In May 1876, the hotel was the venue for an inquest into the death of John Taylor, a carpenter and alcoholic who was found dead in the Sturt Street gardens. The publican, Ellen Mahony was called to testify:

Ellen Mahony, an innkeeper, deposed she saw deceased about 11 p.m. on Saturday night when he appeared stupified. He had a drink or two of brandy in the parlor, and seemed sleeping. He wanted more, and she refused him.[8]

In February 1887 the publican was charged with Sunday trading:

Ellen Mahony, Northumberland hotel selling liquor on Sunday, 19th December, 1886, to persons not lodgers or bona fide travellers; defendant, who pleaded guilty, was fined £2 with 7s costs.[9]

In September 1887 the publican was charged with Sunday trading:

Ellen Mahoney, of the Northumberland hotel, was similarly charged, and as it was her second offence, was fined £10, with 10s costs.[10]

It was one of the 26 hotels closed in 1892 in Ballarat as part of the changes to licensing laws.[11][2] The owners were paid £939 compensation for the closure of the business.[11]

Community Involvement[edit | edit source]

  • In May 1876 the hotel was the venue for an inquest into the death of John Taylor.[8]

The People[edit | edit source]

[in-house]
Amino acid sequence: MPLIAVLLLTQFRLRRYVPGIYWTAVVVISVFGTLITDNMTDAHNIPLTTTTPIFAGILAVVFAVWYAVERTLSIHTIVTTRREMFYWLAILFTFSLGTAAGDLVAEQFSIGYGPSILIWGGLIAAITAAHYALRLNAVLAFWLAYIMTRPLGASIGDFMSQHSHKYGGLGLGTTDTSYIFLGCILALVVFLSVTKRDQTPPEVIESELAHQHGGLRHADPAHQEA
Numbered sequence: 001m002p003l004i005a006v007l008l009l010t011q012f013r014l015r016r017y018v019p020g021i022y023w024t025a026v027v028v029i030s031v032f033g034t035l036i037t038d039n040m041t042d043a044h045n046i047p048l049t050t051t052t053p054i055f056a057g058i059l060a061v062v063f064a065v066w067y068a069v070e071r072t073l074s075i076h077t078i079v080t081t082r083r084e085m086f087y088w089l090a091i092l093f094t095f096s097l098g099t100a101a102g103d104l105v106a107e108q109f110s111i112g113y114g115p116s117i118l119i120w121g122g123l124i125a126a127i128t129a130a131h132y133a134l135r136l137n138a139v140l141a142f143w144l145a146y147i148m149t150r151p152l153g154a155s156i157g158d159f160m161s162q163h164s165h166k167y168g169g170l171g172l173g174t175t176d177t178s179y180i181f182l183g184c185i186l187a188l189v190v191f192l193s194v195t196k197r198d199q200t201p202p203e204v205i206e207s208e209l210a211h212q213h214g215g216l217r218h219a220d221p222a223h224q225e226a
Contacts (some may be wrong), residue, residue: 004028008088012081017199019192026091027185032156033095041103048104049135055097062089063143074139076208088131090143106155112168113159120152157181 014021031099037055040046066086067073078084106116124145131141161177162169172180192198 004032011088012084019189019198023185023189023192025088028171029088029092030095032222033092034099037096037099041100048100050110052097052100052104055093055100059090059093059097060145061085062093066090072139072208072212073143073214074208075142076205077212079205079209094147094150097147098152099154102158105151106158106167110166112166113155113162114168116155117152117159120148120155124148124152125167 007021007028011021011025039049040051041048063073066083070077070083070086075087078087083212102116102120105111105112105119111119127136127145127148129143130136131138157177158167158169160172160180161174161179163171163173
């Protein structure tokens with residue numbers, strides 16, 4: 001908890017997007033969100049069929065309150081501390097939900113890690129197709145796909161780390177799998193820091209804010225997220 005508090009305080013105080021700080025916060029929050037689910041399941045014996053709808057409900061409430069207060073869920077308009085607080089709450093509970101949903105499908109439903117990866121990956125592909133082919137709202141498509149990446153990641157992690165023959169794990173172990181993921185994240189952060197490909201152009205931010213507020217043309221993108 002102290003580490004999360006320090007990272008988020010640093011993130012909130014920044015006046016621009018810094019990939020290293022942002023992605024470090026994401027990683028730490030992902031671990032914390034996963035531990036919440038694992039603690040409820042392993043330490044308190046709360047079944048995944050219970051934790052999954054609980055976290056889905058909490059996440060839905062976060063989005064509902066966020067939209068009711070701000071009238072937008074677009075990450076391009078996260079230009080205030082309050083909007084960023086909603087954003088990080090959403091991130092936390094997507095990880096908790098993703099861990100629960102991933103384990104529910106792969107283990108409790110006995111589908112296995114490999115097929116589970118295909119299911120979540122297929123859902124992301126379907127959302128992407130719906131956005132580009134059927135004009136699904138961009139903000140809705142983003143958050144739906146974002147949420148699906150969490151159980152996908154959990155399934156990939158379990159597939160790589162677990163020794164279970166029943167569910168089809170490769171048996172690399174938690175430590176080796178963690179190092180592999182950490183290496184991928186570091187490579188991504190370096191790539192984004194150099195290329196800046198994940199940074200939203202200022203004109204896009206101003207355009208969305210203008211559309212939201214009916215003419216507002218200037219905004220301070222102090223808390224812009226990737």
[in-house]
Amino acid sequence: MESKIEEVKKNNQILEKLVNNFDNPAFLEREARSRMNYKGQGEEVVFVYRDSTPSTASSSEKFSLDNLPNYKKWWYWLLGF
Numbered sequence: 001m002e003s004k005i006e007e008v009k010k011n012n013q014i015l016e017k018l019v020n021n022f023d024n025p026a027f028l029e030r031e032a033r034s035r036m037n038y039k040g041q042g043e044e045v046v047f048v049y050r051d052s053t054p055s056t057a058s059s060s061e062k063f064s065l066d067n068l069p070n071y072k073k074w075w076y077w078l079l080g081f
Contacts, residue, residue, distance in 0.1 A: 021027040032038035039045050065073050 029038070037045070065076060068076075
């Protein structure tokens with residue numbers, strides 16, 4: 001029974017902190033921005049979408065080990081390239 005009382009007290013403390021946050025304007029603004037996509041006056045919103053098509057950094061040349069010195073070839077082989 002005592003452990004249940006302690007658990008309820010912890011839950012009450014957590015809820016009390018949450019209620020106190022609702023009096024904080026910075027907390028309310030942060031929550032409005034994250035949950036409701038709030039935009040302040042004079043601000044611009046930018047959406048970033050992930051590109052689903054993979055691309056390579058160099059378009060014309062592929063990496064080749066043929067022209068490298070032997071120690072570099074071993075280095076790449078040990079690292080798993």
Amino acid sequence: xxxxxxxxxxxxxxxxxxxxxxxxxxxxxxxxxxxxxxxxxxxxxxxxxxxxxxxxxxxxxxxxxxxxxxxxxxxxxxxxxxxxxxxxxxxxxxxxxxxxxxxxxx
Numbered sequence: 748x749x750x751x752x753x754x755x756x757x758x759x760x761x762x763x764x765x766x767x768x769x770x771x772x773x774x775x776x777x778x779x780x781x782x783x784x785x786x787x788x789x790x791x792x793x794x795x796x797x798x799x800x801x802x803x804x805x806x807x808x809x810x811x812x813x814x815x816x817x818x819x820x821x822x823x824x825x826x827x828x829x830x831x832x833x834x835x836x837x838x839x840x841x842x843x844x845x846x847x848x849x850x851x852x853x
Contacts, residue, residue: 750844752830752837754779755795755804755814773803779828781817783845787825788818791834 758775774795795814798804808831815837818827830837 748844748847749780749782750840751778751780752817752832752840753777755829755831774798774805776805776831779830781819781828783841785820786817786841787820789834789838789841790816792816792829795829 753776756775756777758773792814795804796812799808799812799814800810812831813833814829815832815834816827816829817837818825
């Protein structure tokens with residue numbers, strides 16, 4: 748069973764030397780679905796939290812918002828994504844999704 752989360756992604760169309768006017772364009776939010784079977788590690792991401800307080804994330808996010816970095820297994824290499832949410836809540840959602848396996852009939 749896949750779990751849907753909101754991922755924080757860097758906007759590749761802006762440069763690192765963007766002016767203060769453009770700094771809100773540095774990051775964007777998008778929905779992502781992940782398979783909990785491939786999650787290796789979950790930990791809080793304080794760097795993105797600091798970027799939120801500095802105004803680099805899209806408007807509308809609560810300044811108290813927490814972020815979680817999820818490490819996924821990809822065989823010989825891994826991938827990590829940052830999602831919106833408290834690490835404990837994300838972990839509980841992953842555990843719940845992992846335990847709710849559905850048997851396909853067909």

See also[edit | edit source]

References[edit | edit source]

  1. 1.0 1.1 1862 'DISTRICT POLICE COURT.', The Star (Ballarat, Vic. : 1855 - 1864), 18 June, p. 2, viewed 12 February, 2014,
  2. 2.0 2.1 2.2 1892 'LOCAL OPTION AT BALLARAT.', Leader (Melbourne, Vic. : 1862 - 1918), 19 March, p. 26. , viewed 25 Sep 2016,
  3. 3.0 3.1 1873 'LICENSING BENCH.', The Ballarat Star (Vic. : 1865 - 1924), 24 December, p. 4. , viewed 07 Nov 2018,
  4. 4.0 4.1 1874 'No title', The Ballarat Courier (Vic. : 1869 - 1882; 1914 - 1918), 26 May, p. 2. , viewed 30 Jun 2018,
  5. 1862 'EASTERN POLICE COURT.', The Star (Ballarat, Vic. : 1855 - 1864), 2 September, p. 4, viewed 25 February, 2014,
  6. 6.0 6.1 1874 'BALLARAT.', The Argus (Melbourne, Vic. : 1848 - 1957), 27 May, p. 5. , viewed 30 Jun 2018,
  7. 1874 'BALLARAT.', The Argus (Melbourne, Vic. : 1848 - 1957), 3 June, p. 5. , viewed 30 Jun 2018,
  8. 8.0 8.1 1876 'NEWS AND NOTES.', The Ballarat Star (Vic. : 1865 - 1924), 23 May, p. 2. , viewed 01 Jul 2018,
  9. 9.0 9.1 1887 'BALLARAT LICENSING COURT', The Ballarat Star (Vic. : 1865 - 1924), 25 February, p. 3. , viewed 21 Jun 2018,
  10. 10.0 10.1 1887 'BALLARAT LICENSING COURT.', The Ballarat Star (Vic. : 1865 - 1924), 3 September, p. 2. , viewed 08 Jun 2018,
  11. 11.0 11.1 Hargreaves, John. Ballarat Hotels Past and Present, pg. 9, 1943, Ballarat
  12. 1859 'DISTRICT POLICE COURT.', The Star (Ballarat, Vic. : 1855 - 1864), 28 May, p. 2. , viewed 18 May 2020,
  13. 1861 'LICENSING SESSIONS.', The Star (Ballarat, Vic. : 1855 - 1864), 14 June, p. 1. (SUPPLEMENT TO THE STAR.), viewed 06 Jun 2024,
  14. 1864 'DISTRICT PUBLICANS' LICENSING MEETING.', The Star (Ballarat, Vic. : 1855 - 1864), 2 July, p. 4. , viewed 12 Oct 2016,
  15. 1888 'BALLARAT LICENSING COURT.', The Ballarat Star (Vic. : 1865 - 1924), 10 December, p. 3. , viewed 11 Jun 2018,
  16. 1890 'No title', The Ballarat Star (Vic. : 1865 - 1924), 22 October, p. 2. , viewed 10 Jan 2020,

External Links[edit | edit source]